Date of Award
Public Policy Leadership
From 2017 to 2020, the Trump administration cut United States refugee admissions tenfold. These reforms come unprecedented to the 40-year-old resettlement program (USRAP). By critically reviewing literature on this topic as well as conducting eight original interviews with five national nonprofits contracted by the Department of State to do refugee resettlement casework, this study sought to identify the implications of the Trump administration’s reforms to the program. Once implications were identified, I used the applied frameworks of program model as well as Michael Worth’s sociological and political science theories of American nonprofit-government relations to better inform and guide the study. Worth’s theories illustrate that nonprofits complement American traditions such as freedom, representation, and diversity, making them play an important role in democracy. This study found that refugee resettlement services affirm that theory. Compiling the significance of the reforms’ implications against the test of a robust theoretical framework led to an understanding that the Trump administration’s cuts to the USRAP indeed reduces the nonprofits’ ability to fulfill their role in government. These reforms will forever weigh heavy in the history of the program.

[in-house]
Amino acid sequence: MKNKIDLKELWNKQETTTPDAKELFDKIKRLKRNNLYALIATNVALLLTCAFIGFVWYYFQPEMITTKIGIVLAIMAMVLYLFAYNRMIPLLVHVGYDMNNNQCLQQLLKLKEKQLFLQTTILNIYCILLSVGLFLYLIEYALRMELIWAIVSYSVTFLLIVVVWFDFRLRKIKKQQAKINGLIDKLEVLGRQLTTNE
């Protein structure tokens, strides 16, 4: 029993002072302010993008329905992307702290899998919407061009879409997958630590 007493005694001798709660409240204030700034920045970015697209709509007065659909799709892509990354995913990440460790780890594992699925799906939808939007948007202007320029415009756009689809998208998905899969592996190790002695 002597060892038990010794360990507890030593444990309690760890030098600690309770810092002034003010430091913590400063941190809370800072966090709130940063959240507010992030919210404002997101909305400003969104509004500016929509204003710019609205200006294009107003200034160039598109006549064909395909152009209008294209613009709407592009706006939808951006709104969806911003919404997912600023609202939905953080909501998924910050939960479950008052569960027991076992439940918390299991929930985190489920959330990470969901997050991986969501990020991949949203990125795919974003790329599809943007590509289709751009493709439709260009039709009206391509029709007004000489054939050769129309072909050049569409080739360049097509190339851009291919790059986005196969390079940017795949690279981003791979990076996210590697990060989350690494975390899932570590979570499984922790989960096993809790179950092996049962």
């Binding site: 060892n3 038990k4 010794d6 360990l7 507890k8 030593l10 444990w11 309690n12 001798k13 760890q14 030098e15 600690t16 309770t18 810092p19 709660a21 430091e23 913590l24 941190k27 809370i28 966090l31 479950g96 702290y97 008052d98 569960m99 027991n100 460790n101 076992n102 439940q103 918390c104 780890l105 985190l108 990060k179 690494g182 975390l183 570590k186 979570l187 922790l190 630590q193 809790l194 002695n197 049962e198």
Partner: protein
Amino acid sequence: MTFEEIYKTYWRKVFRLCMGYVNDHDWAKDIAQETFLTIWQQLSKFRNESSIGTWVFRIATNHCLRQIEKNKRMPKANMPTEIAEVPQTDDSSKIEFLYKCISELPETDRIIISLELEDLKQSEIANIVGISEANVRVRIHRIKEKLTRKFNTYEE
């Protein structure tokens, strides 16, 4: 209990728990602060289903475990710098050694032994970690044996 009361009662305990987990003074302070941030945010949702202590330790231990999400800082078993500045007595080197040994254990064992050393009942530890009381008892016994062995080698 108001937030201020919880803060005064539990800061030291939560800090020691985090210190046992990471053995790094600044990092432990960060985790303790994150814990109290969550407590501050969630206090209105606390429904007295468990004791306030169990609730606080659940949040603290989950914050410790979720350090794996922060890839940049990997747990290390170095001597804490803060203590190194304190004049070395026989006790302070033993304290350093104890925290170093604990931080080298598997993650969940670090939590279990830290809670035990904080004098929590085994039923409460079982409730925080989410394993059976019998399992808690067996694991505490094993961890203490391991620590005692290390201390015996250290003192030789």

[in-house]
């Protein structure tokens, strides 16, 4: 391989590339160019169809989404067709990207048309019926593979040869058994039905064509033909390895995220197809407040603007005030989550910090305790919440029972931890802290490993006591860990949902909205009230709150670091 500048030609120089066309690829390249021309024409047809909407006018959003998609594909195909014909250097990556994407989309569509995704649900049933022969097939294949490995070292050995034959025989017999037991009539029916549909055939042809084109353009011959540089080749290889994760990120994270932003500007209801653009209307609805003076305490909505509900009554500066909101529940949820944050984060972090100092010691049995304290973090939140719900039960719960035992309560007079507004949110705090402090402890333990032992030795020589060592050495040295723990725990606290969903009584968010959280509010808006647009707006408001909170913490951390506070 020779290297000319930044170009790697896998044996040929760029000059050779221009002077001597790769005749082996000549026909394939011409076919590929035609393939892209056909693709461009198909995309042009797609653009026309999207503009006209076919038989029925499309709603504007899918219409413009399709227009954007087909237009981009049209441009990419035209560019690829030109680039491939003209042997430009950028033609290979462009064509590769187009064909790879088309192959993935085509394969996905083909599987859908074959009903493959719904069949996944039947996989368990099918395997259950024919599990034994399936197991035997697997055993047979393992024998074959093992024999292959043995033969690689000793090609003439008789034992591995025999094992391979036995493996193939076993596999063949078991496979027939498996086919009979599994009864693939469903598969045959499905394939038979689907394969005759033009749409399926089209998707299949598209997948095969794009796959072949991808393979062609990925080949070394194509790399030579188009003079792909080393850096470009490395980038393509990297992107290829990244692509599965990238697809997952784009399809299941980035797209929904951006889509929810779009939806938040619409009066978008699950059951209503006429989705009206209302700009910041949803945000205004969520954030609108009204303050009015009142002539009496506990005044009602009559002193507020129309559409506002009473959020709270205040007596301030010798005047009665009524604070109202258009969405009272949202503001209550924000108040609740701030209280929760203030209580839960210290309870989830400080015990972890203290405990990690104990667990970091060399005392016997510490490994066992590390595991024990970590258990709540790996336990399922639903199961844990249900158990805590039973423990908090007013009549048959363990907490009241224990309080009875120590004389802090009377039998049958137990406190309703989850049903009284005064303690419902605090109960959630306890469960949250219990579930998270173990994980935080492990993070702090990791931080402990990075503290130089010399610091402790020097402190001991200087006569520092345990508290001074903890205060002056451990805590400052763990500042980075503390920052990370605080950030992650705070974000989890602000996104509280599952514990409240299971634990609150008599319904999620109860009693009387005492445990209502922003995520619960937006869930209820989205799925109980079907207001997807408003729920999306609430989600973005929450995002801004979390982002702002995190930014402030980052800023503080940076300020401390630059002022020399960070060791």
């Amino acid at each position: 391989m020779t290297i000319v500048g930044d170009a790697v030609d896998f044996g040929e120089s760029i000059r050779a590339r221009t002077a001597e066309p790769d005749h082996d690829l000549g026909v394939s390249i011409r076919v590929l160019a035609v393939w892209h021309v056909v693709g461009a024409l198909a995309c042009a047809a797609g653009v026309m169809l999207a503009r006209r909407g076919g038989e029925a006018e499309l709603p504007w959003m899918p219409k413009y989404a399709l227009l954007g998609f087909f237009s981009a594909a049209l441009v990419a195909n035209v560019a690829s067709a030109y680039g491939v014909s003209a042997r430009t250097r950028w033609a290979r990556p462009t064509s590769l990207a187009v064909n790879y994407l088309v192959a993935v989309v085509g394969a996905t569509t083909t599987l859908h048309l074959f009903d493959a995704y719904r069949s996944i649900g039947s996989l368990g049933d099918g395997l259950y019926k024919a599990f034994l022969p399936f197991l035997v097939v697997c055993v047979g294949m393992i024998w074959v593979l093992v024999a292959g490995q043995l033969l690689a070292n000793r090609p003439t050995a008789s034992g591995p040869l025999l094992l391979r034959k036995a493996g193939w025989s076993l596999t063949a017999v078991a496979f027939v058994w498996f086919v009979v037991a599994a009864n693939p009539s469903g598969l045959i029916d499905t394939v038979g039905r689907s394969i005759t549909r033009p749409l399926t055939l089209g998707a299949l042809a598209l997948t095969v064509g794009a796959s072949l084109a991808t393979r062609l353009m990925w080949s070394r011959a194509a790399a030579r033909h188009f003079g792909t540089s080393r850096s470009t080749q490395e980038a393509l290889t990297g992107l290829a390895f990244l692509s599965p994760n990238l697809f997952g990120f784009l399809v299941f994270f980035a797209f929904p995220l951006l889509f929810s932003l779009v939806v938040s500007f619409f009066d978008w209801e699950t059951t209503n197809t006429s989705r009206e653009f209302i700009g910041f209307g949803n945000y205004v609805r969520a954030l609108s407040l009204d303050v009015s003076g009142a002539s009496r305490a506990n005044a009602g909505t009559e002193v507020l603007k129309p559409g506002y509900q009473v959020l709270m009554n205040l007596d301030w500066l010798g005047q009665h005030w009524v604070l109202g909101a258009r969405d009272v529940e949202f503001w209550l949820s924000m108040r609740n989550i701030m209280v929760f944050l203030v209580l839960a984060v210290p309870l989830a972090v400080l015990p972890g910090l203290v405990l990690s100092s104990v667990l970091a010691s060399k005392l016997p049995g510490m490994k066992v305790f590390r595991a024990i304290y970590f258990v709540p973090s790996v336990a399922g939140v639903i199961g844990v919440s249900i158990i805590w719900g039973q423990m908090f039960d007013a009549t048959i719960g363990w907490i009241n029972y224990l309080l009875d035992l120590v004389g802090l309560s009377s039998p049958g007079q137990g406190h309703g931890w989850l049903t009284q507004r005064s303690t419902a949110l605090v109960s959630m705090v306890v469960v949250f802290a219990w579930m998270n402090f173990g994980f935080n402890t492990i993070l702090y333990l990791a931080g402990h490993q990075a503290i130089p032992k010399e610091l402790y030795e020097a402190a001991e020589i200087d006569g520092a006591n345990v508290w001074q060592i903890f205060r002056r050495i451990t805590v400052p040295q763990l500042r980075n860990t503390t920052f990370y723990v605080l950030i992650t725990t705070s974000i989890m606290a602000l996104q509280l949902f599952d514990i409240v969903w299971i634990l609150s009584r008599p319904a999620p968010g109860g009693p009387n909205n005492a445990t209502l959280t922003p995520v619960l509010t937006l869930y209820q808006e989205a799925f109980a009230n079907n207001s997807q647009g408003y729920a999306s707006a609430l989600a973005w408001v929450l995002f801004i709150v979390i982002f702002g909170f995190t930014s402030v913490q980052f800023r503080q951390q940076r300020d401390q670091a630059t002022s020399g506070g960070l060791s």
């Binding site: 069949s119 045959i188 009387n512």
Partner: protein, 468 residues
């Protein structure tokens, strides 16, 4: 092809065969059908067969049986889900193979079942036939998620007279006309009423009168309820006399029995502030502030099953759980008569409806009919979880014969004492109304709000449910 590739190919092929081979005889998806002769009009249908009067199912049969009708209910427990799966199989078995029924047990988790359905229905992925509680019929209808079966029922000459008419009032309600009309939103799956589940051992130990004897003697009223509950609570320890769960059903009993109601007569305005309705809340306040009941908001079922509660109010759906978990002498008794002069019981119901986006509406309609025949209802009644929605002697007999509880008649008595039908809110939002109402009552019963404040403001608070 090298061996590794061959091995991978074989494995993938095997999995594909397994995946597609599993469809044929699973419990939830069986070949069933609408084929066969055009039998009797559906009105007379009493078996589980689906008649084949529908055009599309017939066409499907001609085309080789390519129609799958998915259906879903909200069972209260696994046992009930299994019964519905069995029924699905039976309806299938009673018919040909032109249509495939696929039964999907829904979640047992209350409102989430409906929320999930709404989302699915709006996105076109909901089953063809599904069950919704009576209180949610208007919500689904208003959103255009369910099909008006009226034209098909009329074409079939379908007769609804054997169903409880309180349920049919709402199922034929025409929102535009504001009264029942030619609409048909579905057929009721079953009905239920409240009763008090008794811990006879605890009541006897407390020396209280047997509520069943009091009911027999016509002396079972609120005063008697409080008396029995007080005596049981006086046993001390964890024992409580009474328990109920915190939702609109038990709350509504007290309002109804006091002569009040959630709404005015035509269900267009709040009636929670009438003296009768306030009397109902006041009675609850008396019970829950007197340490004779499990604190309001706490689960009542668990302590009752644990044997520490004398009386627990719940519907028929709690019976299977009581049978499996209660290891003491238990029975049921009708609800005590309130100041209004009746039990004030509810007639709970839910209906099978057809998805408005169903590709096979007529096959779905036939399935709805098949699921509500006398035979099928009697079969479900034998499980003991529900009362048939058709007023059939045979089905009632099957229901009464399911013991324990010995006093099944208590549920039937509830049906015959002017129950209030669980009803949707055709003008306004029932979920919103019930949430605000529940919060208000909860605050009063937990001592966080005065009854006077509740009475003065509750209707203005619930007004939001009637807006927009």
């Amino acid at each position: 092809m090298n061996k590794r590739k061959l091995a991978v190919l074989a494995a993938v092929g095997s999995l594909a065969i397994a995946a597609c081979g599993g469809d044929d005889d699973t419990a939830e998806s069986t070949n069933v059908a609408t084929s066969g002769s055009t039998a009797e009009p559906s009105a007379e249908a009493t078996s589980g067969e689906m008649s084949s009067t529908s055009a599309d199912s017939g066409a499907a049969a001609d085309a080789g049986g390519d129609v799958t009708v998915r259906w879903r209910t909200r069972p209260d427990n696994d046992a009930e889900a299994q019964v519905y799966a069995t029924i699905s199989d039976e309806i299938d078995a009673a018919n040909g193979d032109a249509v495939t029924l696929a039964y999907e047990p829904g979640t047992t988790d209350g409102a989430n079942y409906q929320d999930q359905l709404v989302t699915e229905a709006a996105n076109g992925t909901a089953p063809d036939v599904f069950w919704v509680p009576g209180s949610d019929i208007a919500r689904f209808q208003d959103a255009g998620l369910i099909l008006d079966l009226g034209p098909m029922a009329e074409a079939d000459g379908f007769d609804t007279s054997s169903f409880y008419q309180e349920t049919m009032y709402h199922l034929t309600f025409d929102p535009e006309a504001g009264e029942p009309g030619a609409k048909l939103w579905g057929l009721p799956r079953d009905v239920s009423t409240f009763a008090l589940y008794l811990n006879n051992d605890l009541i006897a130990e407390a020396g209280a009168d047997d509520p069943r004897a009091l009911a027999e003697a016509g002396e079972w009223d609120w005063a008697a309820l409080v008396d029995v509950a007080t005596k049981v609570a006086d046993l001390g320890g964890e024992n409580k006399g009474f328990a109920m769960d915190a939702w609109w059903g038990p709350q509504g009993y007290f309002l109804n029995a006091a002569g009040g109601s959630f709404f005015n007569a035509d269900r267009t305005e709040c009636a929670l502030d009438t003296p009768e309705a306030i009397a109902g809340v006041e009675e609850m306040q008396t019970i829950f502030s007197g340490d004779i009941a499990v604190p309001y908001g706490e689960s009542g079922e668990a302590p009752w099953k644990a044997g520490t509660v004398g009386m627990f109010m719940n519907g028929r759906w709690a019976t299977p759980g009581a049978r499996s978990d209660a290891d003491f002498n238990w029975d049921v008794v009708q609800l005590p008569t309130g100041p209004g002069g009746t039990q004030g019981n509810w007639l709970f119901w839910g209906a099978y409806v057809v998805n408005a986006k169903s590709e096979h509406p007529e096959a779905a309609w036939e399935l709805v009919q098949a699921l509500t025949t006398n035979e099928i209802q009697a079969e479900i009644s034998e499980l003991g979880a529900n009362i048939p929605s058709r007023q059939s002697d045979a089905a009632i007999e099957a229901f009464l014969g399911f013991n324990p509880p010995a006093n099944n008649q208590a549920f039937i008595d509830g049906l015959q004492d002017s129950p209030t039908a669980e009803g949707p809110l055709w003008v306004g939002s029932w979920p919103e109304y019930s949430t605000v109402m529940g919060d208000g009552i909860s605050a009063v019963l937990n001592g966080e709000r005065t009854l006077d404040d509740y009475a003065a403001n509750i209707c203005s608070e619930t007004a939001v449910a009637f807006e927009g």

Day, Savannah, "“[Don’t] Give Me Your Tired, Your Poor...” a Study on the Trump Administration’s Unprecedented Reforms to the U.S. Refugee Admissions Program and their Implications" (2020). Honors Theses. 1341.
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